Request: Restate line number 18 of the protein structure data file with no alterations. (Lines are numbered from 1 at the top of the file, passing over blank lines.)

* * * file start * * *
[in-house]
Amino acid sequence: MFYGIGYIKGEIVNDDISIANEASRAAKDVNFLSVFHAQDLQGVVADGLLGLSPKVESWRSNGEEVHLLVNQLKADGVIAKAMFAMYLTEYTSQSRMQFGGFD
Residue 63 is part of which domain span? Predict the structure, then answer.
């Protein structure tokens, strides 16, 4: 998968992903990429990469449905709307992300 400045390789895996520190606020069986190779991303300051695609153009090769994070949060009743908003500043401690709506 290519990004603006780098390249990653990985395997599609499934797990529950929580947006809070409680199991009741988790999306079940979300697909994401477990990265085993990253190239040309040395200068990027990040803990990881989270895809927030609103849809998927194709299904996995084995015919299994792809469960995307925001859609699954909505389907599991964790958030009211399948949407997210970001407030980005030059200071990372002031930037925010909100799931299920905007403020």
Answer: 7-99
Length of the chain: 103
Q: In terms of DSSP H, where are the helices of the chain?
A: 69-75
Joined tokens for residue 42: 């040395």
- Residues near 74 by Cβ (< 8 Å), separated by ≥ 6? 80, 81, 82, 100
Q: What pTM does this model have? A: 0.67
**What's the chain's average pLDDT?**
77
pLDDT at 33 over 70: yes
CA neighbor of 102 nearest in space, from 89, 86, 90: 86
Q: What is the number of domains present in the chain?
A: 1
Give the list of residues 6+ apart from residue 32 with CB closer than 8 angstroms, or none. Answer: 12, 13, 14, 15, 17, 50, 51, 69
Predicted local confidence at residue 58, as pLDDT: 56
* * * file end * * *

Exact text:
Give the list of residues 6+ apart from residue 32 with CB closer than 8 angstroms, or none. Answer: 12, 13, 14, 15, 17, 50, 51, 69